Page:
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Voting Machines

NEWS
September 14, 2007
Following are instructions for using voting machines in Washington County. 1. Insert voter access card in the slot at the right of screen. Insert card face up and push the card firmly until it clicks. 2. Touch "Start" to access the ballot. 3. Touch the box next to the candidate or question of your choice. To change or cancel your selection, touch the box again. 4. Touch "Next" to advance the ballot page or touch "Previous" to go back. 5. On the summary page, review your choices.
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NEWS
by DAVE McMILLION | May 11, 2007
CHARLES TOWN, W.Va. - Officials became frustrated Thursday while discussing how Jefferson County will use new voting equipment in upcoming elections. Jefferson County will use new M-100 counting machines in the primary election next year. The machines will count votes at each precinct and are expected to speed up the tallying process, said Jefferson County Clerk Jennifer Maghan, who oversees county elections. But concerns arose when Maghan explained to the Jefferson County Commission that a metal cart which will be used to carry the M-100 and other electronic voting equipment.
NEWS
by JENNIFER FITCH | November 6, 2006
CHAMBERSBURG, Pa. - Franklin County will debut $370,000 in new voting machines in Tuesday's general election, which includes races for governor as well as the Pennsylvania and U.S. House of Representatives. The voting machines, which convert paper ballots into computerized forms, were purchased to bring the county into compliance with the Help America Vote Act. Originally purchased for May's primary election, the county was notified by the supplier that they would be using substitute machines in the spring.
NEWS
by TRISH RUDDER | October 17, 2006
BERKELEY SPRINGS, W.Va. - Sitting in front of a white, fold-down table that she calls her desk, Morgan County Clerk Debra Kesecker has an upbeat attitude in the small makeshift office that she shares with a staff member. Kesecker and her staff moved into one of the modular buildings being used as offices for county personnel after a fire destroyed the courthouse and connected buildings Aug. 8. "We were sitting in folding chairs until recently," she said. Purple lace curtains top the windows in the temporary office and her staff of six each works at fold-down tables.
NEWS
by MATTHEW UMSTEAD | October 11, 2006
MARTINSBURG, W.Va. - The State Election Commission has approved a loan request by Berkeley County officials for purchasing 155 touch-screen voting machines, County Clerk John W. Small Jr. said Tuesday. The county's application was reviewed by the commission on Sept. 29 and approved, according to a memo from Jason Williams, Secretary of State Betty Ireland's elections division manager, to Berkeley County Commission President Howard L. Strauss, and copied to Small. The loan will pay half of the $480,500 bill for Ivotronic voting machines, which already have been ordered, but will not be available in time for the November election, officials have said.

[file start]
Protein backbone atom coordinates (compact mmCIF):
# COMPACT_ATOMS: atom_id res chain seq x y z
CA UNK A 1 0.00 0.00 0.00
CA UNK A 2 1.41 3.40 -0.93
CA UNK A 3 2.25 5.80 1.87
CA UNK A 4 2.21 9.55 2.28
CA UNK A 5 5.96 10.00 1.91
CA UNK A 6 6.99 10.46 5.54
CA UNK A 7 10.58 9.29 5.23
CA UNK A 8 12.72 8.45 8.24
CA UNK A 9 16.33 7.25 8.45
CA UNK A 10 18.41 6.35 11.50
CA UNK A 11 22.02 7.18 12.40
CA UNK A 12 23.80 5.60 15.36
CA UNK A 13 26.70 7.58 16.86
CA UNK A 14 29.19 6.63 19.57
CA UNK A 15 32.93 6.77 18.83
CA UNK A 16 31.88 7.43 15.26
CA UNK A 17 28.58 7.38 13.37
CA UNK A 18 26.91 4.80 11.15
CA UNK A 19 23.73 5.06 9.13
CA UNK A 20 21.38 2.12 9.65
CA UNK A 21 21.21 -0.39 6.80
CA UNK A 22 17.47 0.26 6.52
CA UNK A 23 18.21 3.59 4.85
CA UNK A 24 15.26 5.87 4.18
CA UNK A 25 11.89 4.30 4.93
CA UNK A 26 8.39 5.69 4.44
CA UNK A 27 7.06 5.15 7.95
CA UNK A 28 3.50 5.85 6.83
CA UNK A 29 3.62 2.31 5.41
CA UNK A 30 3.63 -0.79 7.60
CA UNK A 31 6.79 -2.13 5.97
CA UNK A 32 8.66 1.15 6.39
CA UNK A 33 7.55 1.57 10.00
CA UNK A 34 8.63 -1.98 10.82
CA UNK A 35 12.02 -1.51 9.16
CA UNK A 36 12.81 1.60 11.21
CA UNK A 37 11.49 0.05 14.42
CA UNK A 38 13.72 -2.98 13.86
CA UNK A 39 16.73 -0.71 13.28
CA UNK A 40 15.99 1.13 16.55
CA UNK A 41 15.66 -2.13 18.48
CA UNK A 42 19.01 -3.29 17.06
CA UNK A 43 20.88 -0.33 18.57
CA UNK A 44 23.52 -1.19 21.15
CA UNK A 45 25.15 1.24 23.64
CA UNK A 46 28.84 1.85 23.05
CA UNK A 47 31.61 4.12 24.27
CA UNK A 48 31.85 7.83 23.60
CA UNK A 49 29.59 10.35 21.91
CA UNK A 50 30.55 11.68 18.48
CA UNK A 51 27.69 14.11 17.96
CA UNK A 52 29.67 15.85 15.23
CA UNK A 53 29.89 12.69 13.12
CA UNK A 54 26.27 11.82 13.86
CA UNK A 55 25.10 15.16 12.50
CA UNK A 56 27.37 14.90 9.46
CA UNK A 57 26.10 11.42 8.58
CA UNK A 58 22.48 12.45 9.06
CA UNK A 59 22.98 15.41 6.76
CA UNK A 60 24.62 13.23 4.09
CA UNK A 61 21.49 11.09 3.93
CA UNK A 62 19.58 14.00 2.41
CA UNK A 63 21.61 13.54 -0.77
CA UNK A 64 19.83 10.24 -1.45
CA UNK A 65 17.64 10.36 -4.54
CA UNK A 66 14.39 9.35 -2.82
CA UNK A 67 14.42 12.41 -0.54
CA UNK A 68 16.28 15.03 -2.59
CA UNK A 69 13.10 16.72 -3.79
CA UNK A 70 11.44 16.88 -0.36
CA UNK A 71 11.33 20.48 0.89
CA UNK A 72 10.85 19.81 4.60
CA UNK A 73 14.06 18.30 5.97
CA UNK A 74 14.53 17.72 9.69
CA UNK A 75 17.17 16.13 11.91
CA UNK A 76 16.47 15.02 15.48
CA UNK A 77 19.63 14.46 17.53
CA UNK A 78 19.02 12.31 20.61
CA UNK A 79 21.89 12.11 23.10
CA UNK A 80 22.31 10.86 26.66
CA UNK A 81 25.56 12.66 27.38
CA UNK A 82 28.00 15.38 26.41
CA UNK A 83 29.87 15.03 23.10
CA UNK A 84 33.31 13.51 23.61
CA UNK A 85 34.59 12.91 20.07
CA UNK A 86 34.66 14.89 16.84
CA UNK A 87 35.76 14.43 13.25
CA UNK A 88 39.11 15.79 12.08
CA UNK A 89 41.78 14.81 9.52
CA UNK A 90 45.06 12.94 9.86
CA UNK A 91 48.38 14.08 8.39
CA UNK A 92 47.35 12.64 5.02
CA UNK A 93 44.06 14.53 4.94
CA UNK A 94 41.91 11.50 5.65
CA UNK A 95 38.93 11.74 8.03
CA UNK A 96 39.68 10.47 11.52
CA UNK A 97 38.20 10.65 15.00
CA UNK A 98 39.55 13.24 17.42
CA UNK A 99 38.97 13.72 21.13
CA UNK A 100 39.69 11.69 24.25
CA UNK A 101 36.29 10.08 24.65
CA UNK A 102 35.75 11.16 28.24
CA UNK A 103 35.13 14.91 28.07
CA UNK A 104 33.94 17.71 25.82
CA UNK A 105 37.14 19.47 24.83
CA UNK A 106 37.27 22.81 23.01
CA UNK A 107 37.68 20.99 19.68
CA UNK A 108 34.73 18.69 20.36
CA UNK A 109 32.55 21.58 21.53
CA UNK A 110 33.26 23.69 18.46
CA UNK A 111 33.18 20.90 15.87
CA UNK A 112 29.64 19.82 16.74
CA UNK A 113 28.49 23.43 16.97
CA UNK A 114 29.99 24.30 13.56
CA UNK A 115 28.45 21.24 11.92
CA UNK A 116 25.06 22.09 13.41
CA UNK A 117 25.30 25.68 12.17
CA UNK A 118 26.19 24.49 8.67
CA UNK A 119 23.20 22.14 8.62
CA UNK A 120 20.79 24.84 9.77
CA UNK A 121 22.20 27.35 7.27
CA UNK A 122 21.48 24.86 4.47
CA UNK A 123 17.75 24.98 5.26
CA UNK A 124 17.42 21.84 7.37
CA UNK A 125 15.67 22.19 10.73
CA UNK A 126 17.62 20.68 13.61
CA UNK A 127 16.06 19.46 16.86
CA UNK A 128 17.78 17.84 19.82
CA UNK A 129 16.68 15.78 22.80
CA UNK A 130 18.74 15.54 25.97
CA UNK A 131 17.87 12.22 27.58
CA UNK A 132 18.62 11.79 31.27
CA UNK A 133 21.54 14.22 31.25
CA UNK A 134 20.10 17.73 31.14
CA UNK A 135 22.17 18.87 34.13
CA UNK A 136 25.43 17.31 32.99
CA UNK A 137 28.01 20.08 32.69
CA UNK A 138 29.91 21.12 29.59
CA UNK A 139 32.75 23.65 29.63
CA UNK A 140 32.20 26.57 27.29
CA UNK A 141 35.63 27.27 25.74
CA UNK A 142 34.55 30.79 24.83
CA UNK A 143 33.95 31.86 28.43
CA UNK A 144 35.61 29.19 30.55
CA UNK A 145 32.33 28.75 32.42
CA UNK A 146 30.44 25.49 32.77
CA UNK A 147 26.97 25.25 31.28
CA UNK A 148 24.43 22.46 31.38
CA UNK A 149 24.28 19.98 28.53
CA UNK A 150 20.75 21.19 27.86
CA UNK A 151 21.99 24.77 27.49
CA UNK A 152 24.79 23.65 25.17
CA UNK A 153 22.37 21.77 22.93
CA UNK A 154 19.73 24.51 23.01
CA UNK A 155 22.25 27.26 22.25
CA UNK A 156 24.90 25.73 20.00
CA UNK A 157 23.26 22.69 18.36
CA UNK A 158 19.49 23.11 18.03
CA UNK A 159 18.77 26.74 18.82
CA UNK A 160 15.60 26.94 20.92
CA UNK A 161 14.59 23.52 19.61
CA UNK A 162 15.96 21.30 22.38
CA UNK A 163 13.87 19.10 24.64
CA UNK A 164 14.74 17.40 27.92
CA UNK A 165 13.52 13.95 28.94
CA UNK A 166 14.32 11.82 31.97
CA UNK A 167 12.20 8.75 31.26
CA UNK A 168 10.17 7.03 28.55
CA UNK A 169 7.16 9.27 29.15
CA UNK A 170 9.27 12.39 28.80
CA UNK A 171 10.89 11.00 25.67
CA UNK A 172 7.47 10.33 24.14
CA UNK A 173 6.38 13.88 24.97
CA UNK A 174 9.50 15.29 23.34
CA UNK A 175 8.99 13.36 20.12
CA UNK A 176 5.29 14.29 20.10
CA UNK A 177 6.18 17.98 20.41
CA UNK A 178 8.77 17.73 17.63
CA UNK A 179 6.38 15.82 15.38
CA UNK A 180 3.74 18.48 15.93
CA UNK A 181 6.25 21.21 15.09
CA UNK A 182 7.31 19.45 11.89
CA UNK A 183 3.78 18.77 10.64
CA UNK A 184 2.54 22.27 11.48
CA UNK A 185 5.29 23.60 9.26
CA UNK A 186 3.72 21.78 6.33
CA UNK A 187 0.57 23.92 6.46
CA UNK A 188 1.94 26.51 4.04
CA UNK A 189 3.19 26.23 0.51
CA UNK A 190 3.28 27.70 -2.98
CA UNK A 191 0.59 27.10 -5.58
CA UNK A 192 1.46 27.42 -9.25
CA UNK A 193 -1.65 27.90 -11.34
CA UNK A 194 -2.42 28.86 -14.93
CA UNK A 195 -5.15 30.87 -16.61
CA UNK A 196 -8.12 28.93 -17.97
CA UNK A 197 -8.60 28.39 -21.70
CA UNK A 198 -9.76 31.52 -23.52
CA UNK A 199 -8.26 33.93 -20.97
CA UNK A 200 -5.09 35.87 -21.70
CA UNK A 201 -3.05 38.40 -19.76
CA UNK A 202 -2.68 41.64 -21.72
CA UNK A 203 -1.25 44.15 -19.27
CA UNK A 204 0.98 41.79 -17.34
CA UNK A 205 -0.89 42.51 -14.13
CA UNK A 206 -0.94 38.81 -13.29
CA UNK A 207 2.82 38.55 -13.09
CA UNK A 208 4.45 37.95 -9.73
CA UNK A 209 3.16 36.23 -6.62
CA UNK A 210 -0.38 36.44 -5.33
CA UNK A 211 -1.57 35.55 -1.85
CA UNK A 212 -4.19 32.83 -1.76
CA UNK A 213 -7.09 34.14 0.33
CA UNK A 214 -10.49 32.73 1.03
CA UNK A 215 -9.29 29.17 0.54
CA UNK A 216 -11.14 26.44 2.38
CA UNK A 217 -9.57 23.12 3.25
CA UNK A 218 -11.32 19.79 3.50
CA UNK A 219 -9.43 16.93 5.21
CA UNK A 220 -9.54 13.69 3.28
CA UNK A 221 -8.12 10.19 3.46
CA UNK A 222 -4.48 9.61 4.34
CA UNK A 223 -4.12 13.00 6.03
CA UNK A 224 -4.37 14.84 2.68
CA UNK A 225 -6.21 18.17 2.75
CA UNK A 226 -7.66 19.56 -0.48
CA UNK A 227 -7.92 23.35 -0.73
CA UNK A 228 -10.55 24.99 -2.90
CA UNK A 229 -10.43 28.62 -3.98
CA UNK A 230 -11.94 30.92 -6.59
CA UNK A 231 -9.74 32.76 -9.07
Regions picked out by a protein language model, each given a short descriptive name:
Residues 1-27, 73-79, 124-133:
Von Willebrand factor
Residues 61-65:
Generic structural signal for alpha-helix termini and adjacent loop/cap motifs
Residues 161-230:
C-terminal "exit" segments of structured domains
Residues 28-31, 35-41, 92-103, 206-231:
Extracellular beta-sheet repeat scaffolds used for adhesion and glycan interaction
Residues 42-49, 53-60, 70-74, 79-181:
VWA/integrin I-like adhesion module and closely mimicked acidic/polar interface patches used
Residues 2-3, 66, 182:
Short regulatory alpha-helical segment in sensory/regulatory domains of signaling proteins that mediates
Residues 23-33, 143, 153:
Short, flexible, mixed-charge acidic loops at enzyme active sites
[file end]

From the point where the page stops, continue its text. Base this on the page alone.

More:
NEWS
by MATTHEW UMSTEAD | July 21, 2006
MARTINSBURG, W.Va. - Half of the money Berkeley County, W.Va., officials need to convert to touch-screen voting machines for the 2008 elections can not be borrowed from the state's interest-free, revolving loan program, county commissioners were told Thursday. The prospect of paying half of the $480,500 bill for 155 Ivotronic voting machines appeared a bit unsettling to commissioners Howard L. Strauss, Steven C. Teufel and Ronald K. Collins, who last week voted unanimously to make the purchase with a loan to be paid back to the state in five years.
NEWS
June 24, 2006
To the editor: Since the disputed Florida ballot count in the 2000 presidential election, reforming election laws has been on the forefront of issues facing state legislatures across the nation. President Bush in 2002 signed into the law the Help America Vote Act, (HAVA) which placed federal mandates on states, including prohibition on the use of lever and punch-card voting machines and deployment of a statewide voter registration system. Soon, many states, including Georgia, enacted a mandatory identification requirement to protect against voter fraud and voter disenfranchisement.
NEWS
BY DON AINES | May 13, 2006
CHAMBERSBURG, PA. Voters going to the polls for Tuesday's primary will fill out their paper ballots the same way they have for the last 18 years, but the way the votes are tabulated will be different, and election officials are expressing confidence in the new equipment. "There was nothing wrong with the equipment we had. In fact, it functioned well for many years," County Commissioner G. Warren Elliott said Friday. The reason the county purchased precinct counters and handicapped-accessible voting machines for all 74 precincts was to comply with the federal Help America Vote Act (HAVA)
NEWS
by DAVE McMILLION | May 9, 2006
CHARLES TOWN, W.Va. - Jefferson County officials on Monday wrestled with problems in a new ballot-counting machine and initially said that ballots in today's primary election might have to be counted by hand, a process that could take two days. Jefferson County Clerk Jennifer Maghan said late Monday that the problem had been corrected and she believed that a hand count will not be necessary. Despite Maghan's comments, Jefferson County Commission member Jane Tabb said she thinks a hand count is still possible until the commission assesses the situation.
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